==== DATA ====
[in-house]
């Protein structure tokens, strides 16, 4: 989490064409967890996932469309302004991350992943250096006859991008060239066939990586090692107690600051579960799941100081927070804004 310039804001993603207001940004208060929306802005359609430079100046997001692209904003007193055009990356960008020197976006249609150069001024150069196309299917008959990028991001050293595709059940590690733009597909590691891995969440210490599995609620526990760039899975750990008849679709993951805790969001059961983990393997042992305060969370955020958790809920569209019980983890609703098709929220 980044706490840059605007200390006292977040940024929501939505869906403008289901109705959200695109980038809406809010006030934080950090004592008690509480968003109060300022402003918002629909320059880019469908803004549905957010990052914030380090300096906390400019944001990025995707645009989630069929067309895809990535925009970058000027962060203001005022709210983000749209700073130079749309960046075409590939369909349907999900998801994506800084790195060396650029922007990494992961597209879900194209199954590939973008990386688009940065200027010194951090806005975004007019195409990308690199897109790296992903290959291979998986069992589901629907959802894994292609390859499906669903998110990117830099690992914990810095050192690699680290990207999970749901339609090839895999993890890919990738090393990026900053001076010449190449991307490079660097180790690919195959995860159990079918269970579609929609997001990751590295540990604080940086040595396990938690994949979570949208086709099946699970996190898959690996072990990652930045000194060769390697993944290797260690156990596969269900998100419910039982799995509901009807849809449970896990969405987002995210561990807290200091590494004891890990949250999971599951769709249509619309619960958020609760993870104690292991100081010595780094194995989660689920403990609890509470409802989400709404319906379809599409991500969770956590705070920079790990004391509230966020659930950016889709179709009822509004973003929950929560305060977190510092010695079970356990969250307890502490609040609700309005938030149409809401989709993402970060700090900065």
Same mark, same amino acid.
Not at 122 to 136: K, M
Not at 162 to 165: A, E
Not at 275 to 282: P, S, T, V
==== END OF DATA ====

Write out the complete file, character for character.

[in-house]
């Protein structure tokens, strides 16, 4: 989490064409967890996932469309302004991350992943250096006859991008060239066939990586090692107690600051579960799941100081927070804004 310039804001993603207001940004208060929306802005359609430079100046997001692209904003007193055009990356960008020197976006249609150069001024150069196309299917008959990028991001050293595709059940590690733009597909590691891995969440210490599995609620526990760039899975750990008849679709993951805790969001059961983990393997042992305060969370955020958790809920569209019980983890609703098709929220 980044706490840059605007200390006292977040940024929501939505869906403008289901109705959200695109980038809406809010006030934080950090004592008690509480968003109060300022402003918002629909320059880019469908803004549905957010990052914030380090300096906390400019944001990025995707645009989630069929067309895809990535925009970058000027962060203001005022709210983000749209700073130079749309960046075409590939369909349907999900998801994506800084790195060396650029922007990494992961597209879900194209199954590939973008990386688009940065200027010194951090806005975004007019195409990308690199897109790296992903290959291979998986069992589901629907959802894994292609390859499906669903998110990117830099690992914990810095050192690699680290990207999970749901339609090839895999993890890919990738090393990026900053001076010449190449991307490079660097180790690919195959995860159990079918269970579609929609997001990751590295540990604080940086040595396990938690994949979570949208086709099946699970996190898959690996072990990652930045000194060769390697993944290797260690156990596969269900998100419910039982799995509901009807849809449970896990969405987002995210561990807290200091590494004891890990949250999971599951769709249509619309619960958020609760993870104690292991100081010595780094194995989660689920403990609890509470409802989400709404319906379809599409991500969770956590705070920079790990004391509230966020659930950016889709179709009822509004973003929950929560305060977190510092010695079970356990969250307890502490609040609700309005938030149409809401989709993402970060700090900065």
Same mark, same amino acid.
Not at 122 to 136: K, M
Not at 162 to 165: A, E
Not at 275 to 282: P, S, T, V